is there cause and effect?

OB-NN589_ridley_G_20110415170035Mathias Frisch at Aeon Magazine:

The early 20th-century English philosopher Sir Bertrand Russell concluded from these considerations that, since cause and effect play no fundamental role in physics, they should be removed from the philosophical vocabulary altogether. ‘The law of causality,’ he said with a flourish, ‘like much that passes muster among philosophers, is a relic of a bygone age, surviving, like the monarchy, only because it is erroneously supposed not to do harm.’

Neo-Russellians in the 21st century express their rejection of causes with no less rhetorical vigour. The philosopher of science John Earman of the University of Pittsburgh maintains that the wooliness of causal notions makes them inappropriate for physics: ‘A putative fundamental law of physics must be stated as a mathematical relation without the use of escape clauses or words that require a PhD in philosophy to apply (and two other PhDs to referee the application, and a third referee to break the tie of the inevitable disagreement of the first two).’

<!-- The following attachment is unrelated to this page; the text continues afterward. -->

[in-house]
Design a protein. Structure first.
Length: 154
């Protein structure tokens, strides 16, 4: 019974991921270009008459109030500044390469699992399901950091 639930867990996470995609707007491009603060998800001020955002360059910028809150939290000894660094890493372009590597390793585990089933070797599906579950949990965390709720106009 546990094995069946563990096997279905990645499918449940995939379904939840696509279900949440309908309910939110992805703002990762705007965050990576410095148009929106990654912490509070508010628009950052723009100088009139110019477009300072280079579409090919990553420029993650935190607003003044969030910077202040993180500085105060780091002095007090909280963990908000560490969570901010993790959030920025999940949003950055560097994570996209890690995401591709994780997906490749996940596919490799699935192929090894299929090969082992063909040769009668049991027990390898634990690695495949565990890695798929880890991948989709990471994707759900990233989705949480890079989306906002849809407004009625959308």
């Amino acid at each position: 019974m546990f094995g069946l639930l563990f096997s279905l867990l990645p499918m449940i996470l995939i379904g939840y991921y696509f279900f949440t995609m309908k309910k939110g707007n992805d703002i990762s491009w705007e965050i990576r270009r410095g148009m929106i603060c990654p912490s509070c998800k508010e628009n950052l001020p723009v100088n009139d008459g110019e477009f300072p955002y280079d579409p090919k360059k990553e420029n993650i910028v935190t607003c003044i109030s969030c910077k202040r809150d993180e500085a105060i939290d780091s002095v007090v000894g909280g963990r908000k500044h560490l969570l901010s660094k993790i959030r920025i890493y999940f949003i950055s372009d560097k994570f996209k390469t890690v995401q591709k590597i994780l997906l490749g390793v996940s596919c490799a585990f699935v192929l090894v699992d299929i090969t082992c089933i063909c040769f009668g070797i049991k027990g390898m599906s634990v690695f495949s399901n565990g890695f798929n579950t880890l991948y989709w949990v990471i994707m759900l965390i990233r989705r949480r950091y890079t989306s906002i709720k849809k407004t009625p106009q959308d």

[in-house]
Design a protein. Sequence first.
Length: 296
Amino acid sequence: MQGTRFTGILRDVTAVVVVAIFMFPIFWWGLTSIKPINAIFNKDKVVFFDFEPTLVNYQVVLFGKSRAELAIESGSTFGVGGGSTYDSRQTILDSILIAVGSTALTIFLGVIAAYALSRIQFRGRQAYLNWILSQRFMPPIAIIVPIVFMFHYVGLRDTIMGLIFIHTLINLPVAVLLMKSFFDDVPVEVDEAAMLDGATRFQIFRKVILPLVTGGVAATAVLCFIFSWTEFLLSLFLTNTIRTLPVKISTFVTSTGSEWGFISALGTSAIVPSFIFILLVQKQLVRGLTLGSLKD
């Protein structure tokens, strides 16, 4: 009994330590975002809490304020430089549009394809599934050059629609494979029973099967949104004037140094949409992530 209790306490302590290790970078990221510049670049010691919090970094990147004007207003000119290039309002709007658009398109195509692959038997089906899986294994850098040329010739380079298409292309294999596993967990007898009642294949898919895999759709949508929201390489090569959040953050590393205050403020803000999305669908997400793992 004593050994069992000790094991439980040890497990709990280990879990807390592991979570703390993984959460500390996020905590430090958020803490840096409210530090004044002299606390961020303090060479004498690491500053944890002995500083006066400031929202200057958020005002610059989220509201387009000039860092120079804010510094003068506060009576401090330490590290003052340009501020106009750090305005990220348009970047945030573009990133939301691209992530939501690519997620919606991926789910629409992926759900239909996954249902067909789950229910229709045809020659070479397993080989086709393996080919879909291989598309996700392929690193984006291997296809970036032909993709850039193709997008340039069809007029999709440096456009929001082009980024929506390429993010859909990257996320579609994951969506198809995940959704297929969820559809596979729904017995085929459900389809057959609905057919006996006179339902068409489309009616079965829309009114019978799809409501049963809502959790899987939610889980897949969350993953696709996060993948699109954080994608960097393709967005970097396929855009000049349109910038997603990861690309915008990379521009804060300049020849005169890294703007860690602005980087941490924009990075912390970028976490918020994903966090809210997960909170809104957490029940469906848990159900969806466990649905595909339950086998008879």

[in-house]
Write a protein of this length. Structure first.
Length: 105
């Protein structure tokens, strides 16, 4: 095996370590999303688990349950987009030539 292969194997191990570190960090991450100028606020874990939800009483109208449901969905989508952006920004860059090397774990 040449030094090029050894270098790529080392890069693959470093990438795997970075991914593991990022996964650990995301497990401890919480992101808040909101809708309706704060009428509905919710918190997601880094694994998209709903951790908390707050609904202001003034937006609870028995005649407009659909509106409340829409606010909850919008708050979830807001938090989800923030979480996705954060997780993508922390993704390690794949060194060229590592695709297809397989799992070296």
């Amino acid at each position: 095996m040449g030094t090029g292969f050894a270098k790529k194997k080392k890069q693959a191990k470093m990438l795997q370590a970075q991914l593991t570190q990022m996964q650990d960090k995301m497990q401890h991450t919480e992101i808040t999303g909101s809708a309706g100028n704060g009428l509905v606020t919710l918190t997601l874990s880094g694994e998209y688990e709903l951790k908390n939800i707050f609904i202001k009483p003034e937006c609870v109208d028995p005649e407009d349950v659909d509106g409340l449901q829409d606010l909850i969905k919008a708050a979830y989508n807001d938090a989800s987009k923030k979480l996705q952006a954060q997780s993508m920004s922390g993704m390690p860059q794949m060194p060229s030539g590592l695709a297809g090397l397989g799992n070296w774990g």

This is all very puzzling. Is it OK to think in terms of causes or not? If so, why, given the apparent hostility to causes in the underlying laws? And if not, why does it seem to work so well?

more here.